Sgt. 1st Class Eduardo Morales, right, and an Afghan interpreter survey a villager about his tribe, profession and family size for a census in Khevejeh Molk, Afghanistan on September 24, 2010. (Karin Brulliard/THE WASHINGTON POST)

AS THE American troop presence in Afghanistan winds down — the Marines recently departed Camp Leatherneck — Congress faces an important decision about the interpreters who served as the eyes and ears of the military in the long war. A program of special visas for these interpreters is expiring and, if not renewed, would leave about 9,000 people stranded. We urge Congress to act now to keep this program alive and to allocate enough visas to meet the need.

This is about keeping faith with Afghans who took risks shoulder-to-shoulder with U.S. troops. They didn’t flinch when asked to enter hostile territory. They exposed themselves to retaliation from the Taliban by working for Westerners. Now the United States must not flinch from the promise to bring them to safety. The visas provide resettlement in the United States for those who demonstrated faithful and valuable service, who worked as interpreters for more than a year and who face the danger of retaliation for their employment. The risk assessment is carried out by a committee at the U.S. Embassy in Kabul. Congress originally approved the program in 2009, and it will sunset this year if not renewed. Previously, a parallel program in Iraq was extended.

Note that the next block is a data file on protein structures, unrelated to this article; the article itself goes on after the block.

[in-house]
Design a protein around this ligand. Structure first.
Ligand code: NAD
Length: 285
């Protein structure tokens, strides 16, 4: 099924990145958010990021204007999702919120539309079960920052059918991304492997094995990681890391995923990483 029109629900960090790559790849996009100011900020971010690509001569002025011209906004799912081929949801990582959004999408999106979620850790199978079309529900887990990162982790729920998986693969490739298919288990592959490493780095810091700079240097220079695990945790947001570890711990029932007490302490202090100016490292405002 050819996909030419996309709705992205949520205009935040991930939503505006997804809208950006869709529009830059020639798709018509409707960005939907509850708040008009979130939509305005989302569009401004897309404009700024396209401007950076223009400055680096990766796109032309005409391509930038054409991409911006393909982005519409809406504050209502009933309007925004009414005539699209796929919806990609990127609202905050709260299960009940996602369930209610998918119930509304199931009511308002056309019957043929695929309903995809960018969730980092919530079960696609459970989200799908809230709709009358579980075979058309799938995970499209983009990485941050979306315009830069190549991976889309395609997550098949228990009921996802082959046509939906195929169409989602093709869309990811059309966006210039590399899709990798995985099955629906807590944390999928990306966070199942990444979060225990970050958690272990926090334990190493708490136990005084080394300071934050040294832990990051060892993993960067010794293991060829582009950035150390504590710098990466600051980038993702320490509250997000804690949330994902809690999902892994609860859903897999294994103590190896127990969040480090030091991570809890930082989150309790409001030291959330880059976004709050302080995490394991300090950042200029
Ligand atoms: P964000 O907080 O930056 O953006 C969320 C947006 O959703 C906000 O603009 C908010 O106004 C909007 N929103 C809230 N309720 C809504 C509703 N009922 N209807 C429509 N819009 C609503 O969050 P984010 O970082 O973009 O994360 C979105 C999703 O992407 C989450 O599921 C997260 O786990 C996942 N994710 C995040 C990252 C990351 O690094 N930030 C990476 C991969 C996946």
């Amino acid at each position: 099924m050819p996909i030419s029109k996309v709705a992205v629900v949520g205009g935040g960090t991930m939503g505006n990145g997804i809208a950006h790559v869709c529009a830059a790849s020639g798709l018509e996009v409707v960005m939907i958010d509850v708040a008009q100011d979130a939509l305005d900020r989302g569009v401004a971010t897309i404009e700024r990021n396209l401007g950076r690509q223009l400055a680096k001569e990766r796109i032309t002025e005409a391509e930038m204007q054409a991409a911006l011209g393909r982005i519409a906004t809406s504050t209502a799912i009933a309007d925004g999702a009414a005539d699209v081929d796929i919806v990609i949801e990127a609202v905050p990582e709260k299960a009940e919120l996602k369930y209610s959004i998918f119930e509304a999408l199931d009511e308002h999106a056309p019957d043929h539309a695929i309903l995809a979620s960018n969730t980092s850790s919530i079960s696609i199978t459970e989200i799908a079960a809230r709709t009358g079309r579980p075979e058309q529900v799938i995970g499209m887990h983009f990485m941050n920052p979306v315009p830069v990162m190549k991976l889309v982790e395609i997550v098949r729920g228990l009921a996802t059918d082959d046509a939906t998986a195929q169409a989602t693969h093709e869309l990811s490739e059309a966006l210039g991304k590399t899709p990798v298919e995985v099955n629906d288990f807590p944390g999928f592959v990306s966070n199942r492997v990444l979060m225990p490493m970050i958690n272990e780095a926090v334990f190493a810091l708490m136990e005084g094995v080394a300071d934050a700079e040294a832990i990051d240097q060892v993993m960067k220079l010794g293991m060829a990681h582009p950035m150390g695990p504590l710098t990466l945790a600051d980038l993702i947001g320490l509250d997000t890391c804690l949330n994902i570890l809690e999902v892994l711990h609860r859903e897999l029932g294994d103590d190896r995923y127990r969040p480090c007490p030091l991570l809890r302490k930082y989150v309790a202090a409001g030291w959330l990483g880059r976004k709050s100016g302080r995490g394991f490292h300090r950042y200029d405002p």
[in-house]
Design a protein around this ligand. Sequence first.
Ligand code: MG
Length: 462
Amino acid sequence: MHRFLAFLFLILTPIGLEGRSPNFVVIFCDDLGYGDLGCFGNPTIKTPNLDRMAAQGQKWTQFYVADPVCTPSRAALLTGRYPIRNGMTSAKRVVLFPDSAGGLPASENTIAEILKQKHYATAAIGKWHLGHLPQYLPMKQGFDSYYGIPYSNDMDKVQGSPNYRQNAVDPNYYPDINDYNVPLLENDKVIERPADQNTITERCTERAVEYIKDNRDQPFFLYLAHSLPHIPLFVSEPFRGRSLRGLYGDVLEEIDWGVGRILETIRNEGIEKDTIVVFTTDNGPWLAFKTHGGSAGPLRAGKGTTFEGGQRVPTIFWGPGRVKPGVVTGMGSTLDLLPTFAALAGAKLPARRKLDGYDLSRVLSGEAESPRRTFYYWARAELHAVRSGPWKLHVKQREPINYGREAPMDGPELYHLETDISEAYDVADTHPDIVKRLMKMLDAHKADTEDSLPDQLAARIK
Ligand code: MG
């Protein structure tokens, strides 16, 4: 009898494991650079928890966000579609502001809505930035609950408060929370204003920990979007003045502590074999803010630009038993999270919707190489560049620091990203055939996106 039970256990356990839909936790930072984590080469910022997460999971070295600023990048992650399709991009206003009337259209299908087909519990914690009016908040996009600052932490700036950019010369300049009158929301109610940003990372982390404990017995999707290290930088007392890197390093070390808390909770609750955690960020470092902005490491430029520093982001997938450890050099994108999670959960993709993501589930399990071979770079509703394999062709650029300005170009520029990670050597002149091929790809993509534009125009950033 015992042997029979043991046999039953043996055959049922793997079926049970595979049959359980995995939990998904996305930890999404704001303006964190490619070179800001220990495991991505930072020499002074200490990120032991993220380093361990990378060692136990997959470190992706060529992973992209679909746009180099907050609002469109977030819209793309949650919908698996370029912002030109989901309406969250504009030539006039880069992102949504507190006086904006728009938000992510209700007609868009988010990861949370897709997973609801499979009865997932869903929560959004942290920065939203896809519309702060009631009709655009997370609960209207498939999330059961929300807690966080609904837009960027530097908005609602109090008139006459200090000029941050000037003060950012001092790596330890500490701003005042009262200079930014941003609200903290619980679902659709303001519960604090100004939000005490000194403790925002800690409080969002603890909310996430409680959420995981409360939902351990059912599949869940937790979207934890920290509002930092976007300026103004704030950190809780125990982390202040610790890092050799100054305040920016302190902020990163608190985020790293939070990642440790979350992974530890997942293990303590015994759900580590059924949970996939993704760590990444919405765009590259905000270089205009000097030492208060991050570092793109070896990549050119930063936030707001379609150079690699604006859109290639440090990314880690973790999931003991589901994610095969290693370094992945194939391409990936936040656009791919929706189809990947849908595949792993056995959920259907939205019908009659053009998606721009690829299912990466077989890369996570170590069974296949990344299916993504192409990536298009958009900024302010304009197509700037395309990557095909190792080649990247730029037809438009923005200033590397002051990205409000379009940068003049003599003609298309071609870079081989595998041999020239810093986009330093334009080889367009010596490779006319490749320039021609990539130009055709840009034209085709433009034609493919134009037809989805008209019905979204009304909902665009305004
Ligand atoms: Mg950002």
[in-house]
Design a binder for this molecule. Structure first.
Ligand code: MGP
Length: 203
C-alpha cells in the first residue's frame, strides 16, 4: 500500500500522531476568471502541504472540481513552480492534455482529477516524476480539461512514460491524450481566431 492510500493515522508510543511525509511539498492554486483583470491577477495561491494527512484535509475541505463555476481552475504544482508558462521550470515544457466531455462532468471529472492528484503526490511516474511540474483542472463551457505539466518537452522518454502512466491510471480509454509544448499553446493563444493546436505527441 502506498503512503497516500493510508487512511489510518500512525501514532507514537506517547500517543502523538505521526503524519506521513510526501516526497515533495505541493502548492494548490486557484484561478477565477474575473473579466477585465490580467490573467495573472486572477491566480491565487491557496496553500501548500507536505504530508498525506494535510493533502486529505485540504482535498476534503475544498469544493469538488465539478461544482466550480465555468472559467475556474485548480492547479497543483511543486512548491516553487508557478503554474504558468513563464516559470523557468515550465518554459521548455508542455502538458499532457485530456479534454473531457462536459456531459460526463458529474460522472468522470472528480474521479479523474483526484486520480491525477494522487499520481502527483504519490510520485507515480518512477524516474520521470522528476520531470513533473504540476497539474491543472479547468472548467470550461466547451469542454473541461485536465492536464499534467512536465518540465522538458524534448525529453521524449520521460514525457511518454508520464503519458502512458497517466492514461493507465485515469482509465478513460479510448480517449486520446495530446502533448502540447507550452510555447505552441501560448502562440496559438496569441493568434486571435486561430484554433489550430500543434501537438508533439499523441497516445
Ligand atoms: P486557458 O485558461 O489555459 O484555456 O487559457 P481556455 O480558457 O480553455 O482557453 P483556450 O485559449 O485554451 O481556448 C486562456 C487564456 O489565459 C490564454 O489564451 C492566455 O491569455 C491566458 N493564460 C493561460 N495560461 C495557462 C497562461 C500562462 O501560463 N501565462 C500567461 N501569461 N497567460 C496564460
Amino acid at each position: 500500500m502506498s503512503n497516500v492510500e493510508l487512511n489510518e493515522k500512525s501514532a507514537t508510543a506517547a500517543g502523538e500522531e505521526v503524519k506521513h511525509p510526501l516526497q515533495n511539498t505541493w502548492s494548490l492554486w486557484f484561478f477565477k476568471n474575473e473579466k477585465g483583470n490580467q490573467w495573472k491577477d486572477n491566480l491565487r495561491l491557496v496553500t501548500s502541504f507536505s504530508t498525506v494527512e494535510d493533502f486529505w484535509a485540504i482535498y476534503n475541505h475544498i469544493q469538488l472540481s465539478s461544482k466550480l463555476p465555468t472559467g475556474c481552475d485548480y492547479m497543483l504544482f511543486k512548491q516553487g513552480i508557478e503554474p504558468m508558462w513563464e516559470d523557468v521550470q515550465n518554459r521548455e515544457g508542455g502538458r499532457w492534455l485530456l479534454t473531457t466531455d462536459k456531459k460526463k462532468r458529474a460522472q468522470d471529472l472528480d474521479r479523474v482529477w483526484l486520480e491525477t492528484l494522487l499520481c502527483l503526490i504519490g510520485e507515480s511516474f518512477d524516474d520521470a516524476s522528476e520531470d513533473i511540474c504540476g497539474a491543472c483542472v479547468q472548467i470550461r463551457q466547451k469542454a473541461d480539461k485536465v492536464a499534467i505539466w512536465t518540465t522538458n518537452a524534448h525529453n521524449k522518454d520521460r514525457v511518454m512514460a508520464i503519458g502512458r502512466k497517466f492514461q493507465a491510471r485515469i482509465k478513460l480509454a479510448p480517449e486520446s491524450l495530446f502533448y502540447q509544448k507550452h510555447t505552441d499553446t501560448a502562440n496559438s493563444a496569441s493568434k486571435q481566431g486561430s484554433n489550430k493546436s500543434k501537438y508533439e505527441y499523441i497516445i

At issue now is the pending defense authorization bill. Congressional negotiators must hammer out the differences between a House version that would provide 1,075 visas and a Senate version that would provide 4,000 a year for two years. Since the State Department estimates about 9,000 people with pending applications, we urge the negotiators to adopt the Senate language, which the administration has said should be sufficient. The Senate language would also allow a balance of unused visas to be carried forward until the end of 2016.

Another important provision in the Senate version would fix an eligibility problem for interpreters who served under the U.S. chain of command but were technically part of the International Security Assistance Force. The fix would make them eligible for the special visas. It is important not to abandon them because of a bureaucratic oversight.

Showing loyalty to Afghans who showed loyalty to the United States is not only an obligation from the past 13 years of war; it is also relevant today and tomorrow. By the end of the year, the United States will still have about 10,000 troops in Afghanistan. They require interpreters every day. It would send a negative signal to them — not to mention others around the world who are inclined to work with Americans — if Congress closes the door on the special visa program.